Graphene is one of the most exciting developments in material science in the last 50 years. Although originally discovered in 1962, when first seen in electron microscopes only while supported by metal surfaces, in 2002 Andre Geim and Konstantin Novoselov found graphene in a more meaningful sense, which they later won the noble prize for in 2010. They effectively were able to isolate and characterize graphene and find out about its huge benefits that we can all benefit from. 

Graphene is an allotrope of carbon that has a single layer of atoms that is arranged in a two-dimensional honeycomb lattice. When layered together, then it forms graphene, which is a material that has a number of exciting properties. Graphene itself is the thinnest compound known to man, the strongest compound ever discovered, the best conductor of heat at room temperature and the best conductor of electricity known. Besides this impressive array of properties, it also has a uniform absorption of light across both the visible and near infra-red part of the spectrum, which contributes to its huge potential in future use. 

How can we make it?

Originally, it was thought that the only way to make graphene was to grow graphene in a single layer by exposing Platinum, Nickel or Titanium Carbide to ethylene or benzene at high temperatures and getting the graphene off the metal board through chemical vapour decomposition, a complicated, expensive and inefficient process. Nevertheless, in 2012 it was found that graphene could be extracted straight from the metal board, and that the board could be thereafter reused for layer upon layer of graphene, making the process much cheaper and easier. In addition, it was made easier to create high quality graphene too, as chemical vapour decomposition was prone to damaging the graphene when taking it off the metal board, while the newer method of taking it straight off left much higher quality graphene that could actually be used in electronics. Our huge leaps and bounds in graphene development have ultimately left graphene’s quality as a non-factor in our creation of graphene, and instead it is only bounded by cost nowadays.

How can we use it?

Graphene also has many exciting possibilities. First, with graphene, there is now a chance that we could create super-capacitators which could be the biggest leap forward in electronic engineering. Compared to our existing batteries and even the best lithium-ion batteries, laser-inscribed graphene super-capacitators performs just as well in terms of power capacity and efficiency, while also being flexible, light and quick to charge. Furthermore, graphene is also able to increase the longevity of batteries, as while lithium after every use is less and less good at holding charge, graphene can hold charge in the batteries for far longer periods of time (thought to be up to ten times as long as lithium-ion batteries). They also hold roughly the same amount of battery after every charge, while normal lithium-ion batteries store less and less charge after every use. In particular, this makes innovations such as electric cars so much more viable, as with graphene super-capacitators we would be able to have batteries that work far better and that could realistically make electric cars more appealing as they are smaller so you can hold more charge, and do not lose charge as quickly when just left idle. This would also decrease charging times, and make electronic devices be chargeable in seconds or minutes instead of hours, which would further make electric cars an appealing option, as well as just being generally useful to us as a whole, as we use more and more electronic devices from phones to laptops. Second, graphene could help spearhead the push to foldable gadgets, as foldable batteries mean we are more likely to get advances in foldable phones and foldable laptops, or even potentially foldable televisions in the future. Third, graphene is a promising opportunity in the world of telecom photodetectors. This seemingly innocuous technology is actually key to a lot of the way in which we live our lives. It helps with our connectivity, and graphene could be key to helping to speed up data transmission. Graphene is ideal because it absorbs light from a large bandwidth and is an excellent conductor of heat, which reduces heat consumption in graphene-based photodetectors. Consequently, it is incredibly helpful in our optical communications industry.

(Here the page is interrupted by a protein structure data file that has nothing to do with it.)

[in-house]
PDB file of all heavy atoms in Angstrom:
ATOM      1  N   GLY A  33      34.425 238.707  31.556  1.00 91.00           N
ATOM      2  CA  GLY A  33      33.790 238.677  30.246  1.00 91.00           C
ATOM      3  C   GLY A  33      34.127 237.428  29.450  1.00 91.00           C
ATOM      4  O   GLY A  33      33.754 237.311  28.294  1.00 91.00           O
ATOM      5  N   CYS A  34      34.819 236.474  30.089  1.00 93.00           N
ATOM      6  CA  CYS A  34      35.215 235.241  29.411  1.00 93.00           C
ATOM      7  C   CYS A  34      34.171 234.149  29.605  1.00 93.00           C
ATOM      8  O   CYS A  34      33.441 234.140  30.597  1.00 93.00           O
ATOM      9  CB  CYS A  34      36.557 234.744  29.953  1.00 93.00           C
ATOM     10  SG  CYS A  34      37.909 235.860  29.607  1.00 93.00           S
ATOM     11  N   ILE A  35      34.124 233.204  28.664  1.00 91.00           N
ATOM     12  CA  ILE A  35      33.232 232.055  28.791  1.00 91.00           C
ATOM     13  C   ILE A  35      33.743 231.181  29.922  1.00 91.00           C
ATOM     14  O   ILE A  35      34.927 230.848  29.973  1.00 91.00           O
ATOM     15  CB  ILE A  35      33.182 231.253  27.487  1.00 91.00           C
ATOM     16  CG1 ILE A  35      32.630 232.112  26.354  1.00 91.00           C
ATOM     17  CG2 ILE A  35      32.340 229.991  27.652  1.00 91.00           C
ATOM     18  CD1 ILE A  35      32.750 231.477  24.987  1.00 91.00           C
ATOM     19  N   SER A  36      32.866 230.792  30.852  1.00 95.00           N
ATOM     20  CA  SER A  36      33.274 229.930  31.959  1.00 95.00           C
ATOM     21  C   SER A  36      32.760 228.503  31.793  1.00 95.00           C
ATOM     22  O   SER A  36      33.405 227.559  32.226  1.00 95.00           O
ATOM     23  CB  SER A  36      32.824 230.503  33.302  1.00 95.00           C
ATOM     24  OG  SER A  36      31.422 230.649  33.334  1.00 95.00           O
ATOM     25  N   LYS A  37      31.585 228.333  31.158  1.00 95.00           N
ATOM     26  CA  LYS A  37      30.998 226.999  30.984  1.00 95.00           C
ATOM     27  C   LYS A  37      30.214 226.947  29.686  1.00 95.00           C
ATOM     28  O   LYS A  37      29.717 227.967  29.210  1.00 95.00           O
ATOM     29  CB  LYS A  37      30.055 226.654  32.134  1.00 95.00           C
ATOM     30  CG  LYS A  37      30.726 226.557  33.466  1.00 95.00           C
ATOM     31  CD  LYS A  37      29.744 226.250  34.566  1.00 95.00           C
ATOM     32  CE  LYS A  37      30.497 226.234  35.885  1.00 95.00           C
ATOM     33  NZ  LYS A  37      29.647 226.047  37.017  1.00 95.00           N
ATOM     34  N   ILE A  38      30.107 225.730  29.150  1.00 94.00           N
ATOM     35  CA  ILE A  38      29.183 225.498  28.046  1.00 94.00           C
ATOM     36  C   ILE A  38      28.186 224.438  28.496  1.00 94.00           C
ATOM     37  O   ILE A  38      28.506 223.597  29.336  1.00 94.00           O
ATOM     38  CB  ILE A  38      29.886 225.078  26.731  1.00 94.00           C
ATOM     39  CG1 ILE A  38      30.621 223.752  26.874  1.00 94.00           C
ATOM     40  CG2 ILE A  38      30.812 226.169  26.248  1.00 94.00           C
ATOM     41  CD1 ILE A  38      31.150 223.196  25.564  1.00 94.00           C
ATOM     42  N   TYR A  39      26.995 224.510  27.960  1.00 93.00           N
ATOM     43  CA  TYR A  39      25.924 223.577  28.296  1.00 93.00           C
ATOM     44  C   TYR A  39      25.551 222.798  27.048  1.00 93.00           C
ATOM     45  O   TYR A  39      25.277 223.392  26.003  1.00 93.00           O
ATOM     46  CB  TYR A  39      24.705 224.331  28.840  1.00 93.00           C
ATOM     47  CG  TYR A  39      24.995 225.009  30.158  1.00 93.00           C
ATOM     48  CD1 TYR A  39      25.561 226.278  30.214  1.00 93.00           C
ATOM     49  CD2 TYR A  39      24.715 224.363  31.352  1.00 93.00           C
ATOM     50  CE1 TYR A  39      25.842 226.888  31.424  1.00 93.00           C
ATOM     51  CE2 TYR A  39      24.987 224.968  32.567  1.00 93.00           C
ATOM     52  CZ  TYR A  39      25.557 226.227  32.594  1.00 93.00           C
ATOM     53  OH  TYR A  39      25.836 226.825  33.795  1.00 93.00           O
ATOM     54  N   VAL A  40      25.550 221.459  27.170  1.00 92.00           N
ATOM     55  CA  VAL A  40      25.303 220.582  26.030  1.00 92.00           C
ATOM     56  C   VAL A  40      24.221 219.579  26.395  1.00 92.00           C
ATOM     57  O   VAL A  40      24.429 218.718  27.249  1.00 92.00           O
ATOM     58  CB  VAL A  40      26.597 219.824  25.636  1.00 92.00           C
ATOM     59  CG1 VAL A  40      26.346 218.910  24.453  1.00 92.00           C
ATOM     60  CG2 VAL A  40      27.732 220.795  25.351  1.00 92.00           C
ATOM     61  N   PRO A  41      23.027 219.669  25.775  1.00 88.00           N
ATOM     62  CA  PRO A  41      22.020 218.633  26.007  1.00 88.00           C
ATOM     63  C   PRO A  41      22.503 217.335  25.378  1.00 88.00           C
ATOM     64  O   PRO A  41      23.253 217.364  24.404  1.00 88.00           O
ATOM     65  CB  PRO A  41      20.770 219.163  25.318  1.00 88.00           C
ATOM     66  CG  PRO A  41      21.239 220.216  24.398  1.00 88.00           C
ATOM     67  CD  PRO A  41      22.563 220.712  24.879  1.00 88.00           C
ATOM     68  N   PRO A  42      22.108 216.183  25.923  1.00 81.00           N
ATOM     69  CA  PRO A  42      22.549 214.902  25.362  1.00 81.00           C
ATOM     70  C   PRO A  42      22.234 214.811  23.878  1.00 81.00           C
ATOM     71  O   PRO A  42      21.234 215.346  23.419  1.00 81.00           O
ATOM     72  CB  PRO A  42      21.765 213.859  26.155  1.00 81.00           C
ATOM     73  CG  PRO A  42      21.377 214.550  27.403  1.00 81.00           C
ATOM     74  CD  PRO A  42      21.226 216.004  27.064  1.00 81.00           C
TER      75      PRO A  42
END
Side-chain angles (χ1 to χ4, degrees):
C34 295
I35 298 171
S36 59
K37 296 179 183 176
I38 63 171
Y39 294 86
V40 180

Graphene is one of the most exciting innovations in the last 50 years, as it opens up a world of possibility. From batteries that could revolutionize the way we travel, to foldable technology that would change the way we live, to the huge increases in data-transmission, it is clear that graphene is not only here to stay, but is also a technology that opens up possibilities that would never even have been dreamed of before.

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